Dr. Satinsky with patient

Dr. Andrew Satinsky works with a patient and MedStar Southern Maryland Hospital Center’s new Halcyon machine.

MedStar Southern Maryland Hospital Center’s new cancer treatment center in Clinton is one step closer toward its completion with the addition of a new cancer-fighting technology in the office of radiation oncologist Dr. Andrew Satinsky.

On March 20, Satinsky began using the new Halcyon machine to treat patients. The Halcyon is an image guidance system delivering radiation more easily, more efficiently and with greater comfort, without compromising on quality, according to a release from the hospital. This results in a treatment that is highly effective in far less time.

“This treatment revolutionizes the quality, expediency, comfort and safety of patients treated with radiation in the state of Maryland,” Satinsky said in the release. “This is exciting for us because we’re the first center in the D.C. metro area to have this, and it means we’re on the cutting edge of technology.”

This new technology involves a low energy X-ray that allows soft imaging of the patient to minimize radiation risks while delivering a powerful treatment capable of achieving the demands of each patient’s needs. Another advantage includes new software tools that allow clinical evaluations for quick decision making on the need for clinical changes to the treatment, through adaptive radiation therapy.

The first patient to be treated at MSMHC was U.S. Department of Behavioral Health police officer John Long, who is currently receiving this treatment five days a week for two months.

“The process was simpler than I thought,” Long said in the release. “It takes just 10 to 12 minutes, and they have explained everything to me, really taken the time to explain the process. I came here because my first impression was good and I haven’t been disappointed.”

Already, MSMHC has expanded its cancer treatment services to include a robust Cancer Committee, which meets throughout the year to discuss the latest innovations in cancer patient care. It also has a weekly tumor board meeting where a team of physicians in different disciplines meet to confer on cases. In addition, the hospital’s roster of cancer treatment physicians, which includes Satinsky and breast surgeon Dr. Ekaterina Tsiapali, recently expanded to add hematologist-oncologist Dr. Eric Rubenstein.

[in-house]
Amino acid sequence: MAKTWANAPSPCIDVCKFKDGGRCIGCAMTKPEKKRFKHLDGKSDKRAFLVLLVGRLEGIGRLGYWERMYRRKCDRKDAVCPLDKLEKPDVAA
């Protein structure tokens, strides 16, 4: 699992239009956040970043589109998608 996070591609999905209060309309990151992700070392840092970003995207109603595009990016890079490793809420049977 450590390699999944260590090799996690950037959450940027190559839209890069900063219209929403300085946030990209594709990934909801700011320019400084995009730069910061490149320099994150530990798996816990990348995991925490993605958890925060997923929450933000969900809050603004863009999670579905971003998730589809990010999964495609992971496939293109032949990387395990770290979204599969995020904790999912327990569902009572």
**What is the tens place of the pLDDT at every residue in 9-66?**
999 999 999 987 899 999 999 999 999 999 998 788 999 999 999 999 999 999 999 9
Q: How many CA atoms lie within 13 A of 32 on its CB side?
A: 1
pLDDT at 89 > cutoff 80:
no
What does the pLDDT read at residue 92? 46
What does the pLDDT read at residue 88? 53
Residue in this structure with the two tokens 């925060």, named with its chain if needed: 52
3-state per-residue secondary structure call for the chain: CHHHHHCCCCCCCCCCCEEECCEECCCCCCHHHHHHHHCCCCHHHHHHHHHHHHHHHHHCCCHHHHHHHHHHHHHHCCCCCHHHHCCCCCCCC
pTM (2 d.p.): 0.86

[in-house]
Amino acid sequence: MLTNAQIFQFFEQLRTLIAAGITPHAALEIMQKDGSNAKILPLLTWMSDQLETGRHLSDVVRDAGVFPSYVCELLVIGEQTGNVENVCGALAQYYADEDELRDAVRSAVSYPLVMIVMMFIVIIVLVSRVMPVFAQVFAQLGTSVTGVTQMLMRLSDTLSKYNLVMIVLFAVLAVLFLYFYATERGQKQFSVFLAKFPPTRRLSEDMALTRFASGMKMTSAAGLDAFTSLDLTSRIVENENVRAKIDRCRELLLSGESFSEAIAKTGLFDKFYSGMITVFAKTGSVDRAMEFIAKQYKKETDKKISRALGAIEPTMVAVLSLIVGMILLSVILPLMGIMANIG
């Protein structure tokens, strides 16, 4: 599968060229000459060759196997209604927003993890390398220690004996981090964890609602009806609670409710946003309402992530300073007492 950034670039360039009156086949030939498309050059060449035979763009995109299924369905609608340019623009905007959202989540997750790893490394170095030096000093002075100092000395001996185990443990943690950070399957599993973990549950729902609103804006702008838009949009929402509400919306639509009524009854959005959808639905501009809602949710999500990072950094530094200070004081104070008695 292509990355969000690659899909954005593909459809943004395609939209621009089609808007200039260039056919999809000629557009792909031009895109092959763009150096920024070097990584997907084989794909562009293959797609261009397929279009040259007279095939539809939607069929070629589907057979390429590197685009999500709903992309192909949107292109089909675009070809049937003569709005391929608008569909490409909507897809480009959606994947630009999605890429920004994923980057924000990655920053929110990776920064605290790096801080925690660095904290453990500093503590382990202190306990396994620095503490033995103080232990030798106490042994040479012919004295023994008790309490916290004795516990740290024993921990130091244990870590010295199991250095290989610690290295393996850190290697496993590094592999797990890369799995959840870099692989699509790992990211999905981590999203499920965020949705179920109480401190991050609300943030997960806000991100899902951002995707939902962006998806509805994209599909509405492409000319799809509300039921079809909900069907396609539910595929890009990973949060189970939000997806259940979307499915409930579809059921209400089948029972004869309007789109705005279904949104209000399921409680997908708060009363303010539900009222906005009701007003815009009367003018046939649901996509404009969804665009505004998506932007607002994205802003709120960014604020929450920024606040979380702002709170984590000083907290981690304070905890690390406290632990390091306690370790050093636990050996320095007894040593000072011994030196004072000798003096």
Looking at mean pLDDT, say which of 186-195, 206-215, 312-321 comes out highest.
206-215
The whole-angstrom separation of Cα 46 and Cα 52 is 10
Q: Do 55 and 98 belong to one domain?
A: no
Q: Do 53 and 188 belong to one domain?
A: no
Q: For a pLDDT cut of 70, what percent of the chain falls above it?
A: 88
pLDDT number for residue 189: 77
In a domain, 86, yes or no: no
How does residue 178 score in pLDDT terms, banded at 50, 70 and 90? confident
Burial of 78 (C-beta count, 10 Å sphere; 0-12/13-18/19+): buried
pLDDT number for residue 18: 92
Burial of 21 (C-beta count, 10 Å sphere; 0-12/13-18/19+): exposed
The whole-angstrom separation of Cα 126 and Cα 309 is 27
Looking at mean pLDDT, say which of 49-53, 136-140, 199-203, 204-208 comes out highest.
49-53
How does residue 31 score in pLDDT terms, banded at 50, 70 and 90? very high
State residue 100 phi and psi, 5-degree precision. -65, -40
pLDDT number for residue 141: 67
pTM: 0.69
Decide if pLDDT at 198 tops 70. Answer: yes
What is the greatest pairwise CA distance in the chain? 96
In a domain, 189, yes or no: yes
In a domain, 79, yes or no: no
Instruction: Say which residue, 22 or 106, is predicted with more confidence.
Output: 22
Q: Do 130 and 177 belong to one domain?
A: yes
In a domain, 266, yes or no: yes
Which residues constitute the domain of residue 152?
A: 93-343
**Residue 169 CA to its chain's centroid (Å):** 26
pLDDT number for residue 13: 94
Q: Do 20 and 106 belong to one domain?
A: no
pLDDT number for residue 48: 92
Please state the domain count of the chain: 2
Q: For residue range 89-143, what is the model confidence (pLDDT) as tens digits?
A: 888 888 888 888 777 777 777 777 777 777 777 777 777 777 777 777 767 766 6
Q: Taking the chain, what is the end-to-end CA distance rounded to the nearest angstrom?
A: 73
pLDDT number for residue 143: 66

“The acquisition of the Halcyon machine is another step toward offering the most state-of-the-art medicine and creating the new cancer treatment center we are building at MedStar Southern Maryland Hospital Center,” MSMHC President Christine Wray said in the release.

This fall, MSMHC plans to open its cancer treatment center. This center will serve as a connector between all disciplines involved in cancer treatment, from the patient to radiation oncologists, nursing, social workers, surgeons, specialists and primary care doctors, allowing the team to tailor care to the individual patient’s needs while collaborating with all care providers, and taking an approach that involves cooperation among everyone who is involved in a patient’s treatment there.

“The key is to let patients stay near home, in their community, not have to struggle to get to a reputable cancer center. We know there are physical limitations associated with a cancer diagnosis and the ideal place to heal is at home under the careful watch of family, friends and community,” Rubenstein said in the release.

For more information about cancer treatment at MedStar Southern Maryland Hospital Center, visit MedStarSouthernMaryland.org/CancerTreatment.